11. Hi Jason, I like Osteospermum for dry sunny spots, though we have to be careful here to pick the hardier varieties – the purple ones tend to be the hardy ones but looking at the ones I have in the garden, they’re not looking very happy. It’s just as well they take reasonably easily from cuttings.

  12. Здравствуйте Джейсон .Как прекрасно какую красоту вытворите и видите.Приятно встречать людей с одинаковыми мыслями.привет из России.

  13. I also grow dalea and just added dropseed grass to my rain garden last year. It’s in a spot near the french well that gets water but drains quickly. It’s still tiny. Dalea wants a hot sunny spot with well drained soil. It will gladly take a bit of compost and needs to be cut back by half to fill out. It’s a slow grower that doesn’t like to be crowded by other plants. I planted mine as bare roots and it took a while to figure out that I didn’t plant them deep enough. I just posted a bunch of my favorite plants for dry spots, too. 🙂

    • I’m keeping my fingers crossed, but I won’t be surprised if the Dalea doesn’t make it. Could be it is too crowded by other plants.

  14. I don’t have a lot of dry, sunny spots in my garden. But there is one spot where I’m thinking of doing a planter full of succulents this summer. I can’t wait! Does the Geum need full sun or will it grow in partial shade? It’s a graceful plant, and I’m thinking I might try it. I’m a big fan of Goldenrod. So many people still think it causes allergies, but usually it’s the Ragweed near it that causes their problems. In any case, Goldenrod is an excellent cut flower, too. Great selections!

    • Thanks. I have several types of Goldenrod, mostly short versions, but there’s a couple of areas I let the taller species grow.

  15. You have beautiful colors there, that red tulips look like it is from the hot tropics, very loud red!

  16. Was it you who planted Prairie Smoke for your wife? If it was native to my garden, that plant would be on my short list!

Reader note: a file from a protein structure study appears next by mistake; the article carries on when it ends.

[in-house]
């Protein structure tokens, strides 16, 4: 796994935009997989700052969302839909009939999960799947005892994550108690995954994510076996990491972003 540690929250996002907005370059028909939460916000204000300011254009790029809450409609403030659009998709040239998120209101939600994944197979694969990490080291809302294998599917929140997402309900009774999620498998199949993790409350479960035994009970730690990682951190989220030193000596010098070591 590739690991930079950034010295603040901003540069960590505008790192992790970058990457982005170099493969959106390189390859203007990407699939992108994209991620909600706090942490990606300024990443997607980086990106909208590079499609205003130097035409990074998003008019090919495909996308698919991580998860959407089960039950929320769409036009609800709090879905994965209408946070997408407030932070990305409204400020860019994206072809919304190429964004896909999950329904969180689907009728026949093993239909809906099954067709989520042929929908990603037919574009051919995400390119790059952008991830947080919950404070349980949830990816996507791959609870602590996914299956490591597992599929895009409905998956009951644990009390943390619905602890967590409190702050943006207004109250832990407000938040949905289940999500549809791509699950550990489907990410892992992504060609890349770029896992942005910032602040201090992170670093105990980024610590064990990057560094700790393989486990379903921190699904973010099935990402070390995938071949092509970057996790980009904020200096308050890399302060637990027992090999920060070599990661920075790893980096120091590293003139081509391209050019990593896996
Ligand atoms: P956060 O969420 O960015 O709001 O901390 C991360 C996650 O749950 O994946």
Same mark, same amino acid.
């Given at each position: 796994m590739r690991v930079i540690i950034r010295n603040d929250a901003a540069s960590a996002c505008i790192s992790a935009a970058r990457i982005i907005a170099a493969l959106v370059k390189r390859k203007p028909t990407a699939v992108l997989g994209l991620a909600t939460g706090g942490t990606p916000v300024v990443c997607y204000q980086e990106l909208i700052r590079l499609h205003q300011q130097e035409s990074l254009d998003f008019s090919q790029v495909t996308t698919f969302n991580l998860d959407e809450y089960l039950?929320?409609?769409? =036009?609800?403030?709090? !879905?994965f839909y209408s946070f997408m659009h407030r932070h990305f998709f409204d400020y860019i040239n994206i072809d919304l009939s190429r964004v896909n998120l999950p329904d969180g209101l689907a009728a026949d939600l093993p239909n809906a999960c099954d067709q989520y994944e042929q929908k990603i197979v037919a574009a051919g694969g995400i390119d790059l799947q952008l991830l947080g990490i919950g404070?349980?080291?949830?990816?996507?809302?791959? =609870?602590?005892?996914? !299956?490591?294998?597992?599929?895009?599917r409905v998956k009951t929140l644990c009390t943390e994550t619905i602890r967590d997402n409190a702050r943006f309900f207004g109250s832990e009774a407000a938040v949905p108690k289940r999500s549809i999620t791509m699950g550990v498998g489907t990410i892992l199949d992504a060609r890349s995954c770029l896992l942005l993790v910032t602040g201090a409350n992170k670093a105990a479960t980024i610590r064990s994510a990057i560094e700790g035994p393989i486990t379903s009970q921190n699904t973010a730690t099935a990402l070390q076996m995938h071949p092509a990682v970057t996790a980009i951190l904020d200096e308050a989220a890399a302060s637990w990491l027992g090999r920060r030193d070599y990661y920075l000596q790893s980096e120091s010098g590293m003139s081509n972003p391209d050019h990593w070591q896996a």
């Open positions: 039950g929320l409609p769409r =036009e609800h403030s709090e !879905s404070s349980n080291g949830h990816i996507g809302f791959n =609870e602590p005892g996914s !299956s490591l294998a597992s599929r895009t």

17. Penstemon: so many varieties. Bloom seasons vary by species from early spring to full-blown summer. Vary in color from white/pale blue through purple, gold, and scarlet. Attract hummers. Some are semi-evergreen or have attractive rossettes that perisist through winter. Hands down… Penstemon.

    • The only Penstemon I’ve done well with is P. digitalis. I planted P. grandiflorus in this west bed, but I didn’t mention it because it hasn’t done well.

  18. Really well thought through bed. It’s nice to see the ‘plan’ in pictures now, although I know your bed is not DRY in the same way my garden is in summer. Christina

  19. The combination of Aromatic Aster and Anise-Scented Goldenrod must make for one delicious smelling flower bed!

  20. These are nice ideas for a planned sidewalk garden (between sidewalk and street) outside our place on Chicago’s South Side. I think the drainage is poor though so I might have to build it up a bit. Although this is supposed to be my “no-worries” garden! Whereabouts are you?

Leave a Reply

Fill in your details below or click an icon to log in:

WordPress.com Logo

You are commenting using your WordPress.com account. Log Out / Change )

Twitter picture

You are commenting using your Twitter account. Log Out / Change )

Facebook photo

You are commenting using your Facebook account. Log Out / Change )

Google+ photo

You are commenting using your Google+ account. Log Out / Change )

Connecting to %s

%d bloggers like this: